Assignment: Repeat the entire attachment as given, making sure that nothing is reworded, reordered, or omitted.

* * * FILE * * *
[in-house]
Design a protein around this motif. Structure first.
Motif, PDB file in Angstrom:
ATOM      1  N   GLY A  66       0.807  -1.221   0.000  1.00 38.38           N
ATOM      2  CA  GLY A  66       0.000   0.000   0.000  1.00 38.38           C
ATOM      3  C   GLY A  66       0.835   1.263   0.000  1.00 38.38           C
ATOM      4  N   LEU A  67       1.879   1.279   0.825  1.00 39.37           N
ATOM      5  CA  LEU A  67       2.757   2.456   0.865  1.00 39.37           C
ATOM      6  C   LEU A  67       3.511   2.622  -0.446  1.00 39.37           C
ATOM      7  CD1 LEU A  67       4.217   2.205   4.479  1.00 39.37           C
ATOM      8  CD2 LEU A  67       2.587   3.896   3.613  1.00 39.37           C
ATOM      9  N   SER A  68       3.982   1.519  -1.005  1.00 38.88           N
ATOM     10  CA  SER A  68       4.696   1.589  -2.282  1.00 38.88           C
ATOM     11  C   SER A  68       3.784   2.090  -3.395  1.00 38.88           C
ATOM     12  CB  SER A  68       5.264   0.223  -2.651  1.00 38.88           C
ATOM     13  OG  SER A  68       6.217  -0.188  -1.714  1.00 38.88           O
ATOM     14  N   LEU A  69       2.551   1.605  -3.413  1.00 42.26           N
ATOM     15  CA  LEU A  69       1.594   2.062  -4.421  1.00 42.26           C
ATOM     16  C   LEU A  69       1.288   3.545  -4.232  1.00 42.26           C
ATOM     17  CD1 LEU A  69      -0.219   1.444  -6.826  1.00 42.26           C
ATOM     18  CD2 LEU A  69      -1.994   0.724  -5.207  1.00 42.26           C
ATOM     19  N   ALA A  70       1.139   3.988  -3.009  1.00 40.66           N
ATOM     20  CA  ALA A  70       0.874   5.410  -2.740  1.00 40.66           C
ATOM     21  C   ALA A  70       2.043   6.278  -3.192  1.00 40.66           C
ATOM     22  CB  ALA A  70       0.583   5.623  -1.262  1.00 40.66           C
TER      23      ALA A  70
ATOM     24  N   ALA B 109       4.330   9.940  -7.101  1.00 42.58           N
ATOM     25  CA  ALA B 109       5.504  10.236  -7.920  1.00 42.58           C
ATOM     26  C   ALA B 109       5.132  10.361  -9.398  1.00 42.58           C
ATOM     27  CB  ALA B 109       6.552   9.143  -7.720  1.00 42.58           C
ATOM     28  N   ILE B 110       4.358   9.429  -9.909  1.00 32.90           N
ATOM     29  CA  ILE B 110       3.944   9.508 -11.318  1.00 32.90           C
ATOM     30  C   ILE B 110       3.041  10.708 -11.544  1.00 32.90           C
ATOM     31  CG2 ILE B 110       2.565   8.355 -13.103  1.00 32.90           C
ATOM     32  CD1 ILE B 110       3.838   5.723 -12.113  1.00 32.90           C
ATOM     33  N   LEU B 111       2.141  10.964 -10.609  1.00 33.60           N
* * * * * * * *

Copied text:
[in-house]
Design a protein around this motif. Structure first.
Motif, PDB file in Angstrom:
ATOM      1  N   GLY A  66       0.807  -1.221   0.000  1.00 38.38           N
ATOM      2  CA  GLY A  66       0.000   0.000   0.000  1.00 38.38           C
ATOM      3  C   GLY A  66       0.835   1.263   0.000  1.00 38.38           C
ATOM      4  N   LEU A  67       1.879   1.279   0.825  1.00 39.37           N
ATOM      5  CA  LEU A  67       2.757   2.456   0.865  1.00 39.37           C
ATOM      6  C   LEU A  67       3.511   2.622  -0.446  1.00 39.37           C
ATOM      7  CD1 LEU A  67       4.217   2.205   4.479  1.00 39.37           C
ATOM      8  CD2 LEU A  67       2.587   3.896   3.613  1.00 39.37           C
ATOM      9  N   SER A  68       3.982   1.519  -1.005  1.00 38.88           N
ATOM     10  CA  SER A  68       4.696   1.589  -2.282  1.00 38.88           C
ATOM     11  C   SER A  68       3.784   2.090  -3.395  1.00 38.88           C
ATOM     12  CB  SER A  68       5.264   0.223  -2.651  1.00 38.88           C
ATOM     13  OG  SER A  68       6.217  -0.188  -1.714  1.00 38.88           O
ATOM     14  N   LEU A  69       2.551   1.605  -3.413  1.00 42.26           N
ATOM     15  CA  LEU A  69       1.594   2.062  -4.421  1.00 42.26           C
ATOM     16  C   LEU A  69       1.288   3.545  -4.232  1.00 42.26           C
ATOM     17  CD1 LEU A  69      -0.219   1.444  -6.826  1.00 42.26           C
ATOM     18  CD2 LEU A  69      -1.994   0.724  -5.207  1.00 42.26           C
ATOM     19  N   ALA A  70       1.139   3.988  -3.009  1.00 40.66           N
ATOM     20  CA  ALA A  70       0.874   5.410  -2.740  1.00 40.66           C
ATOM     21  C   ALA A  70       2.043   6.278  -3.192  1.00 40.66           C
ATOM     22  CB  ALA A  70       0.583   5.623  -1.262  1.00 40.66           C
TER      23      ALA A  70
ATOM     24  N   ALA B 109       4.330   9.940  -7.101  1.00 42.58           N
ATOM     25  CA  ALA B 109       5.504  10.236  -7.920  1.00 42.58           C
ATOM     26  C   ALA B 109       5.132  10.361  -9.398  1.00 42.58           C
ATOM     27  CB  ALA B 109       6.552   9.143  -7.720  1.00 42.58           C
ATOM     28  N   ILE B 110       4.358   9.429  -9.909  1.00 32.90           N
ATOM     29  CA  ILE B 110       3.944   9.508 -11.318  1.00 32.90           C
ATOM     30  C   ILE B 110       3.041  10.708 -11.544  1.00 32.90           C
ATOM     31  CG2 ILE B 110       2.565   8.355 -13.103  1.00 32.90           C
ATOM     32  CD1 ILE B 110       3.838   5.723 -12.113  1.00 32.90           C
ATOM     33  N   LEU B 111       2.141  10.964 -10.609  1.00 33.60           N